Law and the Shaping of the American Labor Movement
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Description: Why did American workers, unlike their European counterparts, fail to forge a class-based movement to pursue broad social reform? Was it simply that they lacked class consciousness and were more interested in personal mobility? In a richly detailed survey of labor law and labor history, William Forbath challenges this notion of American "individualism." In fact, he argues, the nineteenth-century American labor movement was much like Europe's labor movements in its social and political outlook, but in the decades around the turn of the century, the prevailing attitude of American trade unionists changed. Forbath shows that, over time, struggles with the courts and the legal order were crucial to reshaping labor's outlook, driving the labor movement to temper its radical goals.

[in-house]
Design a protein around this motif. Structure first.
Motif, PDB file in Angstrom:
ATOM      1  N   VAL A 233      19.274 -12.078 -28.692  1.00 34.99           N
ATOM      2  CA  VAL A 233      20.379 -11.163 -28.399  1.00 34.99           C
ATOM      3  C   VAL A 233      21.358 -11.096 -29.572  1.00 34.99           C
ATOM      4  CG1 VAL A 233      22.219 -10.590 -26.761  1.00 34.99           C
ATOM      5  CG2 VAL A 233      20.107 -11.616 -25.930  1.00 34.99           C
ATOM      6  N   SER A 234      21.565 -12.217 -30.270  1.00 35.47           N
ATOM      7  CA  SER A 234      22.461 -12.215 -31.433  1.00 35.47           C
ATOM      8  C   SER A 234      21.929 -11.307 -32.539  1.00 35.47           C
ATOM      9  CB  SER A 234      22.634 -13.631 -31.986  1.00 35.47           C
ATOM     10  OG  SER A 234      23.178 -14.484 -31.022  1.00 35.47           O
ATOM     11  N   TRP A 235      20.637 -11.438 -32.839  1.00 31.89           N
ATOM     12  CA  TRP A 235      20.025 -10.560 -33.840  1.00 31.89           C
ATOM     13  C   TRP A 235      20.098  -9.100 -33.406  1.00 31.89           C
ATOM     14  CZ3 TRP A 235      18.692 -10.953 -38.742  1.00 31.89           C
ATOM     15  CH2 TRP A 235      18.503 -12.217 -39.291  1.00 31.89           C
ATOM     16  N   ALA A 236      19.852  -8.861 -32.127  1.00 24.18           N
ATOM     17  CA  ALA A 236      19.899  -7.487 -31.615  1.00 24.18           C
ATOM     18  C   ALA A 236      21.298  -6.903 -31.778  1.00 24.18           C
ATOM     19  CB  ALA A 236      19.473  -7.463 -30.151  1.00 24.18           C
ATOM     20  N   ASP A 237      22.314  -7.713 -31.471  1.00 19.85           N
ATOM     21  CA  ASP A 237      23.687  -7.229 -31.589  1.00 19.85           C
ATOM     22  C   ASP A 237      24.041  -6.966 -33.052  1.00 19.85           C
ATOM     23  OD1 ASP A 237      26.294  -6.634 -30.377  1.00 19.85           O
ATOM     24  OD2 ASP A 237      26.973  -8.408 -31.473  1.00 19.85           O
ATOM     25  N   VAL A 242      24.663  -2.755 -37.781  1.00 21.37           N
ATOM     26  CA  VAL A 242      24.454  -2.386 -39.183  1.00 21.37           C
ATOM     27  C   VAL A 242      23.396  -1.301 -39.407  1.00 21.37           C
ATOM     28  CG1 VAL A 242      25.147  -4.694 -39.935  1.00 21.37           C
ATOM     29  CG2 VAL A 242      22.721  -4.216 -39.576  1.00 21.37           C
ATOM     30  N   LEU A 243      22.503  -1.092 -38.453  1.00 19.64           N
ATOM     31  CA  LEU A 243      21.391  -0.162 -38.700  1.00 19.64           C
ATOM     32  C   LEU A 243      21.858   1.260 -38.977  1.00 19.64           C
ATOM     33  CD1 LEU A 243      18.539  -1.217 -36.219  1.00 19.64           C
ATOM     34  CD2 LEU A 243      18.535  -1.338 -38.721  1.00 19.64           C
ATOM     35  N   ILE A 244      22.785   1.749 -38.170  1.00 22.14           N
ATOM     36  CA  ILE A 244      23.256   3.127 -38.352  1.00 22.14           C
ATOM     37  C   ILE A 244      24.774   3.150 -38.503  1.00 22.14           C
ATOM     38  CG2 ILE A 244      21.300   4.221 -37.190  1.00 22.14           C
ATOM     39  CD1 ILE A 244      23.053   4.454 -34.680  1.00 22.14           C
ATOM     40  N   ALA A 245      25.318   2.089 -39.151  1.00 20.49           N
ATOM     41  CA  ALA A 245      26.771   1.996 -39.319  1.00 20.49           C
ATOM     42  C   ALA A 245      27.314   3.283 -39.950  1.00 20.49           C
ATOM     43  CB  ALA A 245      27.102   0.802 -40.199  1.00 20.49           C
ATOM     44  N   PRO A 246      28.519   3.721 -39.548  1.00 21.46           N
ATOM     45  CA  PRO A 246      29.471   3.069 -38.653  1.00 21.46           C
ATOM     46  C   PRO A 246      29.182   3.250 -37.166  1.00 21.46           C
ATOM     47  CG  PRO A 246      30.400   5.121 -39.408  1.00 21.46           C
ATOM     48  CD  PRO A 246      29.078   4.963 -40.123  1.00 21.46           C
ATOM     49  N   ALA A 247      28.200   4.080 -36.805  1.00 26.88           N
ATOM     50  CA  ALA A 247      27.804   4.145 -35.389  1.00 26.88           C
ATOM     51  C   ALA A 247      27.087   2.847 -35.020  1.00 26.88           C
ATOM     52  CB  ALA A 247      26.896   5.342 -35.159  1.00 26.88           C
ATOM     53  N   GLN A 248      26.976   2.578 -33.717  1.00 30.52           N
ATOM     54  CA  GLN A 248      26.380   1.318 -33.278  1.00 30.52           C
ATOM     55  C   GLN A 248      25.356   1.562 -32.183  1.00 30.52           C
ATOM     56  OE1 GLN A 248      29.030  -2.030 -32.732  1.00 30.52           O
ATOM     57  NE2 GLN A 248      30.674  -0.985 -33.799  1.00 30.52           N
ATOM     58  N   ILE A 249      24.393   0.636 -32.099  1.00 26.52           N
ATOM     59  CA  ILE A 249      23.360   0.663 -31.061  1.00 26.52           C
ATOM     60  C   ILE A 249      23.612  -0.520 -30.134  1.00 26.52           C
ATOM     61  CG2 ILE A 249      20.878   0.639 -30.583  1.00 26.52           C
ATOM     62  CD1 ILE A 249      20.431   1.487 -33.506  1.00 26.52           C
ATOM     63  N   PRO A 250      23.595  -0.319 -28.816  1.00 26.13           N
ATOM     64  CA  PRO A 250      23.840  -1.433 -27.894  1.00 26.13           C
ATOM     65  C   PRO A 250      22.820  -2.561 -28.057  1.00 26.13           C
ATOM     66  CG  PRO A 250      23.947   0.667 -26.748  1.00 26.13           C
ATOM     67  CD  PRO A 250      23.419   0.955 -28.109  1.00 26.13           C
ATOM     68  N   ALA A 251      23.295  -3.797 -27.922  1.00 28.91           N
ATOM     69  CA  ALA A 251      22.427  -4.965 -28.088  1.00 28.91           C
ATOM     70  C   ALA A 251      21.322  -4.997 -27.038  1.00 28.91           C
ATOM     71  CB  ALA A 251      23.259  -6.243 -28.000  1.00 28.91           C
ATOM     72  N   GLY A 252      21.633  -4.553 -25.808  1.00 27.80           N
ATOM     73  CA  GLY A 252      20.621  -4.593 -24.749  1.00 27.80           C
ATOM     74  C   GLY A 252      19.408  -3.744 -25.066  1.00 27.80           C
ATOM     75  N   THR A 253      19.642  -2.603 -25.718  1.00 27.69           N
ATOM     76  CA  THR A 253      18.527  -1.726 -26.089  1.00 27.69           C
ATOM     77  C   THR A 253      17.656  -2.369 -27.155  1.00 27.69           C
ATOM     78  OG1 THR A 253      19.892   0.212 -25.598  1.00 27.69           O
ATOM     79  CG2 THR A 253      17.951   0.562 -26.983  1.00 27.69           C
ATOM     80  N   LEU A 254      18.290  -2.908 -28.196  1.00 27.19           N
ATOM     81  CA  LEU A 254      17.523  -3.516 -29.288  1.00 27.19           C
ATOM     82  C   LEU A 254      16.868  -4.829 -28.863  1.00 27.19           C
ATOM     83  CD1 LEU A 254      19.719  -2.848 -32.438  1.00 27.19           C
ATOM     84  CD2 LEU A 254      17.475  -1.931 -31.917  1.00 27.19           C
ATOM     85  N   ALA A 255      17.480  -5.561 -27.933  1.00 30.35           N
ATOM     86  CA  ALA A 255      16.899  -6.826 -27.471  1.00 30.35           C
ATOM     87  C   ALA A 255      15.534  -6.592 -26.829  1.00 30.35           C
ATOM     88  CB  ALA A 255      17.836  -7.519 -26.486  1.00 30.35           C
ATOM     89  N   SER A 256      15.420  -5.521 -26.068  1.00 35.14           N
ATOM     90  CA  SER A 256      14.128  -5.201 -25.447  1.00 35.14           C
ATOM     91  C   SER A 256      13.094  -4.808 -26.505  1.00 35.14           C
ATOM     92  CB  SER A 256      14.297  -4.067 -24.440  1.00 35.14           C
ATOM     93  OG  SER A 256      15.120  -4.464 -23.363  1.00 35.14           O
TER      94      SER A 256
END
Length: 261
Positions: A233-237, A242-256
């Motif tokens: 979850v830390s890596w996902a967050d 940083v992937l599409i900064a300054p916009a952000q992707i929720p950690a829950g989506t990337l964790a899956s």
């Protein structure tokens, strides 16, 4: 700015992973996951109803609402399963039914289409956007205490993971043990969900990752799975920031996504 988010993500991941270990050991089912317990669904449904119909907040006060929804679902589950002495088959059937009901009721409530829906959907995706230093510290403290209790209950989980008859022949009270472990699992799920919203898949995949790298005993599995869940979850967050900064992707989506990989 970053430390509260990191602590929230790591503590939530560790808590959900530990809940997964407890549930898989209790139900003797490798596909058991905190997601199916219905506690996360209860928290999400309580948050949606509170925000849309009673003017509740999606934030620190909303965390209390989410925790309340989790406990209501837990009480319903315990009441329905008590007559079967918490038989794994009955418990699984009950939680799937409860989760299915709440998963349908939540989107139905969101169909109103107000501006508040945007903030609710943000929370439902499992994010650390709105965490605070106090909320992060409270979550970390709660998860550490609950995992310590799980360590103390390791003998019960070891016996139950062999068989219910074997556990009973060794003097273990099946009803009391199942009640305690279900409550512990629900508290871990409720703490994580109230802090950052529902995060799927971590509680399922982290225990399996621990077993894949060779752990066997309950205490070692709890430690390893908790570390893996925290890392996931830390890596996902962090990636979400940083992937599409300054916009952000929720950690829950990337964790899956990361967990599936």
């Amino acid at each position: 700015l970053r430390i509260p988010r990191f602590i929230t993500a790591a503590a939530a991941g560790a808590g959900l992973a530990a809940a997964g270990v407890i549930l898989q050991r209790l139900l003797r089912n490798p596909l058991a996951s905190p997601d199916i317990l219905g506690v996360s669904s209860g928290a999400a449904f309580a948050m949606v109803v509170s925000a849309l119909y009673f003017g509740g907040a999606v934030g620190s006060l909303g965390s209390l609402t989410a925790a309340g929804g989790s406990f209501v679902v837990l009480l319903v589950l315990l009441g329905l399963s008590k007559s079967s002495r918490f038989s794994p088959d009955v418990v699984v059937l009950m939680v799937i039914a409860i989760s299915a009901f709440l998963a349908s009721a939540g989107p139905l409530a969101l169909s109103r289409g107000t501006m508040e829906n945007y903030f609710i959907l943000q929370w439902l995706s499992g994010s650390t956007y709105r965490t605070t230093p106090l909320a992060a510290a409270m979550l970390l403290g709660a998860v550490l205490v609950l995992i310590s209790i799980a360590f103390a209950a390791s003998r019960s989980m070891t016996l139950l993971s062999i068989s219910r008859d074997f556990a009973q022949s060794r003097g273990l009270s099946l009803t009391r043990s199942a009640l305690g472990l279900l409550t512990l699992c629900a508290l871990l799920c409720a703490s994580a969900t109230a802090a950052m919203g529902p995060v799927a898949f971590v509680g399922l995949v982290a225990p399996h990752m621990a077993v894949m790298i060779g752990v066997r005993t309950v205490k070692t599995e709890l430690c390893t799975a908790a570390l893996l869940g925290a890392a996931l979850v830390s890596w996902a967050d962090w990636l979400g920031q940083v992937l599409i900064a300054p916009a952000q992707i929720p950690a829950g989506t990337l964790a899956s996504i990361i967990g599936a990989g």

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All the information you need in one place! Each Study Brief is a summary of one specific subject; facts, figures, and explanations to help you learn faster.
List price: $33.50
Copyright year: 1991
Publisher: Harvard University Press
Publication date: 5/1/1991
Size: 5.50" wide x 8.75" long x 0.75" tall
|Broad ContextsRecasting American ""Exceptionalism""|
|The State of Courts and Parties|
|Judicial Review in Labor's Political Culture Samuel|
|Gompers and in Jacobs Hours Laws in Illinois Hours|
|Laws in Colorado Pressed toward a Minimalist Politics|
|Government by Injunction|
|The Origins and Dimensions of Government by Injunction|
|The Origins of Governmentby Injunction in Railway Strikes|
|The Rise and Repression of City-Wide Boycotts|